Woman doing yoga in bed. Kneeling, lying forward with one arm out and one behind back in a twist.
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5 Morning Yoga Poses To Do In Bed

Los Angeles-based certified yoga instructor Laurel Erilane, a teacher on the Yoga Wake Up app, offers a simple sequence you can do in bed to kick-start your morning. She recommends holding the below postures for one to two minutes. That’s less than 10 minutes added to your morning routine.   RECLINED BUTTERFLY (Supta Baddha Konasana)…

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Wellness Posts

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You’re Awake but Your Brain Is Asleep

Half the morning at work is gone and you can’t remember most of it. Did you answer those emails? Make the important phone calls on your list? Reschedule the sitter?   If you feel like you’re on autopilot after being sleep deprived, you may suffer from local or micro sleep.   Sleep deprivation appears to…

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Six Differences Between Early Birds and Night Owls

Bedtime isn’t the only area in which early birds and night owls differ.   One study found that early birds may be more persistent, whereas night owls are more extravagant and keen to explore the unknown.   How else are early risers and evening people different?   1. Decision-making styles   Night owls can be…

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All About Dreams

While we sleep our brains are active—busy firing neurons, processing information and consolidating memories. They’re also entertaining, enlightening and maybe even frightening us for about two hours each night—with dreams. Most dreams happen during the rapid eye movement, or REM, phase of sleep, when breathing becomes quick, irregular and shallow. Our eyes might be closed…

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Staying Up Late on Weekends Might Affect Women’s Long-term Health

If you’re waking early during the week and sleeping late on the weekends, this sleep pattern may be harming your health long-term.   Years of studies have found a slightly increased risk of heart disease, breast cancer, diabetes and other health and metabolic conditions in people who work night shifts. Scientists don’t fully understand the…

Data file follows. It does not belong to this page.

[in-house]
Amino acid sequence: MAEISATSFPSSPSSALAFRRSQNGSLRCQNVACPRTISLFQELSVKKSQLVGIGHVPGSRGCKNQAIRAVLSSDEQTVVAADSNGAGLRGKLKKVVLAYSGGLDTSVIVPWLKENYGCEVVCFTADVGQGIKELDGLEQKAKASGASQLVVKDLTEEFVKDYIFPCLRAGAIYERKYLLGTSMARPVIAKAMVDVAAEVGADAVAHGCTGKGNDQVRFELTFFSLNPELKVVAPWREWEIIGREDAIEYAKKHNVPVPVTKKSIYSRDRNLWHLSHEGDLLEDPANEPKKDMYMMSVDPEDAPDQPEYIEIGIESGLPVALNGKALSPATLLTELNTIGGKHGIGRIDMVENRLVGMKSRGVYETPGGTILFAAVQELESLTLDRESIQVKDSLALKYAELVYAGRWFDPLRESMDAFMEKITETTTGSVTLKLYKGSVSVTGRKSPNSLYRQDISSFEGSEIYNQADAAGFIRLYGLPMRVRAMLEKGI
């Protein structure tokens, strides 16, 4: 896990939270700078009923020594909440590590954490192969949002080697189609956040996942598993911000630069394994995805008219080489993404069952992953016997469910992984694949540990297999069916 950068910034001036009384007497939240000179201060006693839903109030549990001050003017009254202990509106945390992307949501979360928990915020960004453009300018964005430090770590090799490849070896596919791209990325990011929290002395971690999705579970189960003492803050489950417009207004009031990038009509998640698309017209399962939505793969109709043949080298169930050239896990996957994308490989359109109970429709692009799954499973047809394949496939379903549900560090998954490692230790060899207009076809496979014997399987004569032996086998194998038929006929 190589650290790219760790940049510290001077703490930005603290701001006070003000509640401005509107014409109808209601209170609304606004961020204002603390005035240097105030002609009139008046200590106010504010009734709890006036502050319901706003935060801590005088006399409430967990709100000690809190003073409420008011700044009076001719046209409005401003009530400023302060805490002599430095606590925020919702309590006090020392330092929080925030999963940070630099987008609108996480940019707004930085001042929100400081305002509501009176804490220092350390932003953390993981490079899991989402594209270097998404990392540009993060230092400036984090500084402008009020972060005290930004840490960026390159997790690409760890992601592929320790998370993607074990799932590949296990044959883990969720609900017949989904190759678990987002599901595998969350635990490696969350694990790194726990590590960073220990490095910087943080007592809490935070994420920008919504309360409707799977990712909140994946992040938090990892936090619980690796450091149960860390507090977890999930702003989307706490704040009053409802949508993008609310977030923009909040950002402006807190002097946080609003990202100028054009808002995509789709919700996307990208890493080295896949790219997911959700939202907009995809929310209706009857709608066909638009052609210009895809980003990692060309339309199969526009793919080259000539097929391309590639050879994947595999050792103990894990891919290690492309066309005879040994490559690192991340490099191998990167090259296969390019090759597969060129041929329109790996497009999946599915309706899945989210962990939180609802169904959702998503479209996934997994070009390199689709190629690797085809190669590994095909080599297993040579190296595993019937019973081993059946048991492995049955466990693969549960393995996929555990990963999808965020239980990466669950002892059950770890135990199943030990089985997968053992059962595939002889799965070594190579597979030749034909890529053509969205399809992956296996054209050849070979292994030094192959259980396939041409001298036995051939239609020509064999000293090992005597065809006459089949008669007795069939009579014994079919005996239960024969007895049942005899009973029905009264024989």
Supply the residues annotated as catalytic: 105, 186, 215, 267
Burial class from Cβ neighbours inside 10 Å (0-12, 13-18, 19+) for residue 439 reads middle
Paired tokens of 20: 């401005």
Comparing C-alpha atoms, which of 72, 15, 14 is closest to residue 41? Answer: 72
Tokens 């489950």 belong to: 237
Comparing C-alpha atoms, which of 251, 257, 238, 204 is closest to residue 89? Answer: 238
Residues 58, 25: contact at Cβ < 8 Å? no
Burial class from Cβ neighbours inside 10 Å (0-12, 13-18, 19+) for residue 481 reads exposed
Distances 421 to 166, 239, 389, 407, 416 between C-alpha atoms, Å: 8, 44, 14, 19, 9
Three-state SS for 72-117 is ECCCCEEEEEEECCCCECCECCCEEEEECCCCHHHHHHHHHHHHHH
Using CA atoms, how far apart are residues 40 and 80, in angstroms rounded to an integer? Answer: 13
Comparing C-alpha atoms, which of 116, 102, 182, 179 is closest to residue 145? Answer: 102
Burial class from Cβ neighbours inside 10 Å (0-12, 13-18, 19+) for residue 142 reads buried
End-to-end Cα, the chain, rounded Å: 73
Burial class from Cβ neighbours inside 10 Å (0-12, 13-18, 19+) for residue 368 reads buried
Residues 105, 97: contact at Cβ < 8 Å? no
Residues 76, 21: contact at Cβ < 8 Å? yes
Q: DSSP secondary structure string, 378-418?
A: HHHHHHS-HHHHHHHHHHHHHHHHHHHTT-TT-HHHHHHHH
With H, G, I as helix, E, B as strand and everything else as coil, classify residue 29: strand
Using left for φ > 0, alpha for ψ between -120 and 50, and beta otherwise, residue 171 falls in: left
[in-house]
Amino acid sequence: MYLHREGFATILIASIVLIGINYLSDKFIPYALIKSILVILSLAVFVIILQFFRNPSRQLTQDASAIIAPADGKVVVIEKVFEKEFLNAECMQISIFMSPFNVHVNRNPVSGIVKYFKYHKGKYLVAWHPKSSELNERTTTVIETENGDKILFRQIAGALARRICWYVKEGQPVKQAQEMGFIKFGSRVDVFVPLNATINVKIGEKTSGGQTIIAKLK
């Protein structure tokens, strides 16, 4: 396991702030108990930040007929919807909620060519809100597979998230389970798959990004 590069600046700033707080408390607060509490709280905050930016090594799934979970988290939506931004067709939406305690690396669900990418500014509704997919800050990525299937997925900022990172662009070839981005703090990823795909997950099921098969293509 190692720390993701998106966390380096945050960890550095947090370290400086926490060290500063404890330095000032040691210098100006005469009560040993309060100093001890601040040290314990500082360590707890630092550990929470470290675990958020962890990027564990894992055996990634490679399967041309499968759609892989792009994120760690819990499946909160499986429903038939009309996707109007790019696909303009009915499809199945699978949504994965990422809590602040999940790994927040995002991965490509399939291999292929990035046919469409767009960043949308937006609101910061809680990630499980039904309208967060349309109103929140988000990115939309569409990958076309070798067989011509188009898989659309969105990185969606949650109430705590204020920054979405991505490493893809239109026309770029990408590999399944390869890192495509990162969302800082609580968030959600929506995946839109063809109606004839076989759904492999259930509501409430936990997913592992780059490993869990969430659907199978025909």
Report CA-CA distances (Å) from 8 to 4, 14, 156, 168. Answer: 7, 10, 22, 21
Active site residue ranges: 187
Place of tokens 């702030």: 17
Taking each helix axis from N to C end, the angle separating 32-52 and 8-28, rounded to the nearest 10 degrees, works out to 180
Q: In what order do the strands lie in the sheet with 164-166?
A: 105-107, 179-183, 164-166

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Crazy Things We Do In Our Sleep

Taking a stroll, having an entire text conversation you don’t remember, even eating while sleeping—about 10 percent of the population does things that they’re not aware of while they are sleeping. Known as parasomnias, these events occur during REM sleep and in deeper sleep stages:   Texting while Sleeping   Research from Villanova University found…

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The Vicious Cycle of Stress and Sleeplessness

Feeling stressed? A little rest and relaxation may do the trick.   Our ability to handle stress is tied to the quality and quantity of our sleep. We’ve long known that inadequate sleep can lead to all sorts of health issues including high blood pressure, a weakened immune system—even obesity and diabetes. Now we’re beginning…

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Simple Yoga Poses for Sleep

Quality sleep will keep you performing your best. Like diet and exercise, sleep is essential for optimal health and performance. Because everyone’s sleep needs are different, Sleep Number® beds with SleepIQ® technology inside adjust to your ideal level of firmness, comfort and support. SleepIQ technology tracks how well you sleep each night, giving you personal insights into your sleep so you’ll…

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We Cracked the Code on 5 Things That Could Be Keeping You Up at Night

When was the last time you got a great night’s sleep? It’s one of the hardest questions to answer in today’s interconnected 24/7 world. Even though we try each night to maximize the amount of rest we can get, it can often feel like the brass ring of sleep perfection remains just out of reach….

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5 Surprising Signs You’re Sleep Deprived

Does Daylight Saving Time push you from getting by to sleep deprived? Look for these unexpected signs.   Must. Have. Sugar. Drawn to sugar? Lack of sleep disrupts blood sugar levels and causes your body to produce more of the hormone that stimulates hunger.   You keep getting colds Less than seven hours of sleep…

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Feeling the Drag of Daylight Saving Time?

Hit Refresh in 5 Easy Steps   Having trouble adjusting to the time change? Like jetlag, it can take at least a day or two—or even up to up to three weeks—to fully recover from a one-hour shift in your sleep schedule.   Try these tips to bounce back faster.   Go toward the light….

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